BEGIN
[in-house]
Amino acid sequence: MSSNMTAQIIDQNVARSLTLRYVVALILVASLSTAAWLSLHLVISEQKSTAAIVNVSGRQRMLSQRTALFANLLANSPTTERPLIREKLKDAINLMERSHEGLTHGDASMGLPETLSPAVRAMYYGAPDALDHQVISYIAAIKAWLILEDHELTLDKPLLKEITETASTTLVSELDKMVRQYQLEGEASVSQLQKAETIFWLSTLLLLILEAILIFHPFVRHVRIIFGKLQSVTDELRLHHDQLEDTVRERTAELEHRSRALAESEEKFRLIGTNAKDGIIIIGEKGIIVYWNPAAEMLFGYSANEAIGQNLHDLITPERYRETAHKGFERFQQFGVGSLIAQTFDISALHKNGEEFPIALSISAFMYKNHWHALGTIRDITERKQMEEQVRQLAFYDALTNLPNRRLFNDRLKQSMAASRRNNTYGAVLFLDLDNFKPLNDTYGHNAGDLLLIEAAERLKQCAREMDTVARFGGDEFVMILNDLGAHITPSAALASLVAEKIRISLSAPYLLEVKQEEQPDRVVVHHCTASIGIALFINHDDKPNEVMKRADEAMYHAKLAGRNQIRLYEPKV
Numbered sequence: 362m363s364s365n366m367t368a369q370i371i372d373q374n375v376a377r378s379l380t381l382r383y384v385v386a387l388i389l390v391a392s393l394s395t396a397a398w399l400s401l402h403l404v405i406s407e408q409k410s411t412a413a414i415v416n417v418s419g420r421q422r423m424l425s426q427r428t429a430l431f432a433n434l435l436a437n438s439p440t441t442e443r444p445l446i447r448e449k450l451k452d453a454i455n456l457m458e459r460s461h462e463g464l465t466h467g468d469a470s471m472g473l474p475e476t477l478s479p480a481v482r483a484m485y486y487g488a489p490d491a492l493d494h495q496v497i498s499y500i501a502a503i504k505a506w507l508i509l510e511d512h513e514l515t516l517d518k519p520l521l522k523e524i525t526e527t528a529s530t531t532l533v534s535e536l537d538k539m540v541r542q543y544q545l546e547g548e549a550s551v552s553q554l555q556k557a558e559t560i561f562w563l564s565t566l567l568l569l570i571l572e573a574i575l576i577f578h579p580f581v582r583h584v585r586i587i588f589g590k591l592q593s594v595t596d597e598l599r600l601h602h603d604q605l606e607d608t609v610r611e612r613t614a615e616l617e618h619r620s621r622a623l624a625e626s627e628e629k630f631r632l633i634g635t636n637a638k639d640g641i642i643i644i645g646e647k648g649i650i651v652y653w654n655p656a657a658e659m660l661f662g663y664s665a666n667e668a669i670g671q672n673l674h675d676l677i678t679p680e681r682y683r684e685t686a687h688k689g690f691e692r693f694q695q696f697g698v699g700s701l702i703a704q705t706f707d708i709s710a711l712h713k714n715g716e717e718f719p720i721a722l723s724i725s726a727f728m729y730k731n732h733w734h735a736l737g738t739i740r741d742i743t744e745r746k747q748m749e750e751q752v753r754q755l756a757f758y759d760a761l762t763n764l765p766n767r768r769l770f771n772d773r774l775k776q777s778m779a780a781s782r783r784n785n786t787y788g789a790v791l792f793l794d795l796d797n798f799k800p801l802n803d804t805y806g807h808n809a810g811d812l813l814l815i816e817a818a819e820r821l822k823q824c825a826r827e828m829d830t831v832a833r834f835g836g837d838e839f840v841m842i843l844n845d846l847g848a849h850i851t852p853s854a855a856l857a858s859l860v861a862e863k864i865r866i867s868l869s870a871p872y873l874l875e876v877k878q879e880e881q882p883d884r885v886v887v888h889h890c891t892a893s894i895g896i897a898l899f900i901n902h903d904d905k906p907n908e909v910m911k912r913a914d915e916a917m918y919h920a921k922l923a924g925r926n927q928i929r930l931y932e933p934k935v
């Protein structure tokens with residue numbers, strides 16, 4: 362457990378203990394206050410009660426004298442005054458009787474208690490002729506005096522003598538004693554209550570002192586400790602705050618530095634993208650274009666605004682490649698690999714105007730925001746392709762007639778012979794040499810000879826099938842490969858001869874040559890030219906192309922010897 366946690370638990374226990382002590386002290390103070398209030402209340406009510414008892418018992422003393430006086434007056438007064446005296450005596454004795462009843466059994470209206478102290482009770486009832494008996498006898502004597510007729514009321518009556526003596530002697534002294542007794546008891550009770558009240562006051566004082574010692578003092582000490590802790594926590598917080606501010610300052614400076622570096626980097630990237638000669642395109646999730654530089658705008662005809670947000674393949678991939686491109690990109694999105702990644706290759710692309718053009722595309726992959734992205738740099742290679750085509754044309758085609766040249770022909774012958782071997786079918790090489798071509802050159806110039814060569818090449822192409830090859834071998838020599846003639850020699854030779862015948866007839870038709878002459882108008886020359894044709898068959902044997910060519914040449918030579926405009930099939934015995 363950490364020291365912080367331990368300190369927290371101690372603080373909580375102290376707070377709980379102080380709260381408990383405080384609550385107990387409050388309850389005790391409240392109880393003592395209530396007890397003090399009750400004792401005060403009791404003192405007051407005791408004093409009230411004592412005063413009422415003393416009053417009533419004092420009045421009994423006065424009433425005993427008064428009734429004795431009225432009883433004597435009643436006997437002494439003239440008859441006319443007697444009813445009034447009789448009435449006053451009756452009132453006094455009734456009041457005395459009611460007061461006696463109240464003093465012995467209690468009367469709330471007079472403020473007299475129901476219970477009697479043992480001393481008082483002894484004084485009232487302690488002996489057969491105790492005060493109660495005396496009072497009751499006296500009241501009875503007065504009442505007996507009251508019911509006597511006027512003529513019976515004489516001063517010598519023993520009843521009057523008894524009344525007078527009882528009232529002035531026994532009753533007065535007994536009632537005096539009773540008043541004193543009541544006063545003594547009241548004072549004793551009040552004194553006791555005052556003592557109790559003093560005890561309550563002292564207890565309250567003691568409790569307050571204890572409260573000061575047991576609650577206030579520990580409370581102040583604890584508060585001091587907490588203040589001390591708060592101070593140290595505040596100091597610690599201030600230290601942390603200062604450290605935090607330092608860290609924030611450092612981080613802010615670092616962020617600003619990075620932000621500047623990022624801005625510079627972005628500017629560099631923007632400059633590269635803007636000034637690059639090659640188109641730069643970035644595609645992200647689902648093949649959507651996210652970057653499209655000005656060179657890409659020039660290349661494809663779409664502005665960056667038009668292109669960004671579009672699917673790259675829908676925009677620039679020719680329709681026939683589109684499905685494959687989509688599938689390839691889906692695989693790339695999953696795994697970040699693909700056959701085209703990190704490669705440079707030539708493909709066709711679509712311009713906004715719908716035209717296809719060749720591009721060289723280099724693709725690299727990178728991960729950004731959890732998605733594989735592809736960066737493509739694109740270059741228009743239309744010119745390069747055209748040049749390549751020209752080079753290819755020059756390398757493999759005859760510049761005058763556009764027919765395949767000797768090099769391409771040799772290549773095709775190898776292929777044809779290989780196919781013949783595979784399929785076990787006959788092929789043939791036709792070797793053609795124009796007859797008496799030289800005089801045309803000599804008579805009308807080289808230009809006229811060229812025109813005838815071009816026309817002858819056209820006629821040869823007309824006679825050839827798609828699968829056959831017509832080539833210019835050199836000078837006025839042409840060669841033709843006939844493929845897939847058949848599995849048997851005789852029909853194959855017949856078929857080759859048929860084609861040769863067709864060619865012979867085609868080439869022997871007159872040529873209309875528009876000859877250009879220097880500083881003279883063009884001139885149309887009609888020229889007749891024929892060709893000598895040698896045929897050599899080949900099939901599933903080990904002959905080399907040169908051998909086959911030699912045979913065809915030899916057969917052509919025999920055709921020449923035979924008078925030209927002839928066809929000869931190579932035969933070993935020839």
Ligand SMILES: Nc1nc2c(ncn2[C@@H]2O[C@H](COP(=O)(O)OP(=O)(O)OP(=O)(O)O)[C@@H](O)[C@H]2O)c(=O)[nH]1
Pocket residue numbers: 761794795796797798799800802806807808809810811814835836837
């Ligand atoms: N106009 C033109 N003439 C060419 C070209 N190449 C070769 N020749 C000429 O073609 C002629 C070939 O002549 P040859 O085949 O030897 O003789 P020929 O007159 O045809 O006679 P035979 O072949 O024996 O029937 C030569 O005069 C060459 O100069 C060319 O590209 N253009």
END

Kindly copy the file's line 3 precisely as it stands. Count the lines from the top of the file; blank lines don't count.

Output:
Numbered sequence: 362m363s364s365n366m367t368a369q370i371i372d373q374n375v376a377r378s379l380t381l382r383y384v385v386a387l388i389l390v391a392s393l394s395t396a397a398w399l400s401l402h403l404v405i406s407e408q409k410s411t412a413a414i415v416n417v418s419g420r421q422r423m424l425s426q427r428t429a430l431f432a433n434l435l436a437n438s439p440t441t442e443r444p445l446i447r448e449k450l451k452d453a454i455n456l457m458e459r460s461h462e463g464l465t466h467g468d469a470s471m472g473l474p475e476t477l478s479p480a481v482r483a484m485y486y487g488a489p490d491a492l493d494h495q496v497i498s499y500i501a502a503i504k505a506w507l508i509l510e511d512h513e514l515t516l517d518k519p520l521l522k523e524i525t526e527t528a529s530t531t532l533v534s535e536l537d538k539m540v541r542q543y544q545l546e547g548e549a550s551v552s553q554l555q556k557a558e559t560i561f562w563l564s565t566l567l568l569l570i571l572e573a574i575l576i577f578h579p580f581v582r583h584v585r586i587i588f589g590k591l592q593s594v595t596d597e598l599r600l601h602h603d604q605l606e607d608t609v610r611e612r613t614a615e616l617e618h619r620s621r622a623l624a625e626s627e628e629k630f631r632l633i634g635t636n637a638k639d640g641i642i643i644i645g646e647k648g649i650i651v652y653w654n655p656a657a658e659m660l661f662g663y664s665a666n667e668a669i670g671q672n673l674h675d676l677i678t679p680e681r682y683r684e685t686a687h688k689g690f691e692r693f694q695q696f697g698v699g700s701l702i703a704q705t706f707d708i709s710a711l712h713k714n715g716e717e718f719p720i721a722l723s724i725s726a727f728m729y730k731n732h733w734h735a736l737g738t739i740r741d742i743t744e745r746k747q748m749e750e751q752v753r754q755l756a757f758y759d760a761l762t763n764l765p766n767r768r769l770f771n772d773r774l775k776q777s778m779a780a781s782r783r784n785n786t787y788g789a790v791l792f793l794d795l796d797n798f799k800p801l802n803d804t805y806g807h808n809a810g811d812l813l814l815i816e817a818a819e820r821l822k823q824c825a826r827e828m829d830t831v832a833r834f835g836g837d838e839f840v841m842i843l844n845d846l847g848a849h850i851t852p853s854a855a856l857a858s859l860v861a862e863k864i865r866i867s868l869s870a871p872y873l874l875e876v877k878q879e880e881q882p883d884r885v886v887v888h889h890c891t892a893s894i895g896i897a898l899f900i901n902h903d904d905k906p907n908e909v910m911k912r913a914d915e916a917m918y919h920a921k922l923a924g925r926n927q928i929r930l931y932e933p934k935v